Bu-lat-lat (boo-lat-lat) verb: to search, probe, investigate, inquire; to unearth facts

Vol. V,    No. 5      March 6-12, 2005      Quezon City, Philippines











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Copyright 2004 Bulatlat


Filipino Women Find No Comfort from a Woman President

Edith Gallardo sells kakanin (rice cakes) for a living. Sometimes, she would also sell pancit and boiled peanuts to earn more money. She earns an average of P100–P150 a day. For Gallardo and other impoverished Filipino women, having a woman president is no solace. She believes that President Gloria Macapagal Arroyo has done nothing to lift Filipino women from poverty and exploitation.


Women from different sectors of Philippine society presented their woes during a forum called Ulat Lila (Purple Report) organized by the Center for Women’s Resources (CWR), March 4.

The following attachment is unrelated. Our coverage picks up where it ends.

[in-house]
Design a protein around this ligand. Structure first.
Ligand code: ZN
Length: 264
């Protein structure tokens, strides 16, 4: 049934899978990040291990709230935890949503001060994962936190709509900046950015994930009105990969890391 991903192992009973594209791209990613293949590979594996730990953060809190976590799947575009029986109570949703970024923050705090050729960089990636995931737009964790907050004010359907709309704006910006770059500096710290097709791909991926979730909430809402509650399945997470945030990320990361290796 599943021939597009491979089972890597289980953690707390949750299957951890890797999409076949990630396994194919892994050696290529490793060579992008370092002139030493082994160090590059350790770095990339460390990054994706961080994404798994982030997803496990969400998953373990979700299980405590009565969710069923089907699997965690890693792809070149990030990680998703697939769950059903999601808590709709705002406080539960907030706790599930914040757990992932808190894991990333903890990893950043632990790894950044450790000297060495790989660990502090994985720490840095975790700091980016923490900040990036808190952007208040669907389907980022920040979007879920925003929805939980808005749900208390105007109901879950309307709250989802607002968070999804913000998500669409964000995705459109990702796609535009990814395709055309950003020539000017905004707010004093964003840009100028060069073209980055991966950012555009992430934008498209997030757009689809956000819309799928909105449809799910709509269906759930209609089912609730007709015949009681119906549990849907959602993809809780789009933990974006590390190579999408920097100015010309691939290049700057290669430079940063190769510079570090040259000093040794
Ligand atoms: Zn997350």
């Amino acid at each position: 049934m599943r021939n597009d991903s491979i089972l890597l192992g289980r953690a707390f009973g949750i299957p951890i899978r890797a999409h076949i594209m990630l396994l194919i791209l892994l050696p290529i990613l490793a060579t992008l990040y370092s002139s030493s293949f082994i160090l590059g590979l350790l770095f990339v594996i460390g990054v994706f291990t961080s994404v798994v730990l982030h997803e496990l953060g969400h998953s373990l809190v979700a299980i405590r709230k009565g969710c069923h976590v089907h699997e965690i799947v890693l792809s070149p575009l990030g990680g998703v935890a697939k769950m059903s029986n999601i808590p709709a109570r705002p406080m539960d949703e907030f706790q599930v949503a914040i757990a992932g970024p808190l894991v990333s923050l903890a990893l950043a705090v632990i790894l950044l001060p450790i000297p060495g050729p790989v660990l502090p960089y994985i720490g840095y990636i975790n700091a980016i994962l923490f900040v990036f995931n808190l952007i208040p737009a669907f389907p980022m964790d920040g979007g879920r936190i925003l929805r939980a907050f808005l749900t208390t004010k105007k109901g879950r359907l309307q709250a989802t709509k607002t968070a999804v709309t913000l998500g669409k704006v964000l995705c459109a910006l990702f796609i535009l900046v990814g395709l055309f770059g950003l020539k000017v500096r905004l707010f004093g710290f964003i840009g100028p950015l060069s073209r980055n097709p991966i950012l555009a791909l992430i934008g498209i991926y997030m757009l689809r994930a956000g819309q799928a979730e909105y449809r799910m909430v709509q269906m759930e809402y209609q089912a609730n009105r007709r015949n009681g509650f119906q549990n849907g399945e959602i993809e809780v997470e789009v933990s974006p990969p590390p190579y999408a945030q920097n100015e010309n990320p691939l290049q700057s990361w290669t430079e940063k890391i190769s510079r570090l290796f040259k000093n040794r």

As wives and mothers, women are always the first to bear the brunt of economic devastation.  Based on the 2003 Family Income and Expenditure Survey (FIES), three out of five Filipino families live a hand-to-mouth existence. 

Inflation rate was pegged at 7.4 percent at the end of 2004, the highest in six years.  Meanwhile, the real value of the peso stands at P0.53 due to increases in prices of commodities and services.

In 2004, the price of liquefied petroleum gas (LPG) increased 12 times, with a total increase of P144.65 per 11-kg cylinder.  The price of LPG increased by P80 from January 2004 to February 2005.

Water rates have also risen.  Maynilad jacked up its rate by 36 percent and Manila Water by 21 percent.  Electricity rates also went up.  A family consuming 120 kwh to 200 kwh of electricity a month pays 34 percent higher. Those who consume 1000 kwh a month pay 28 percent more.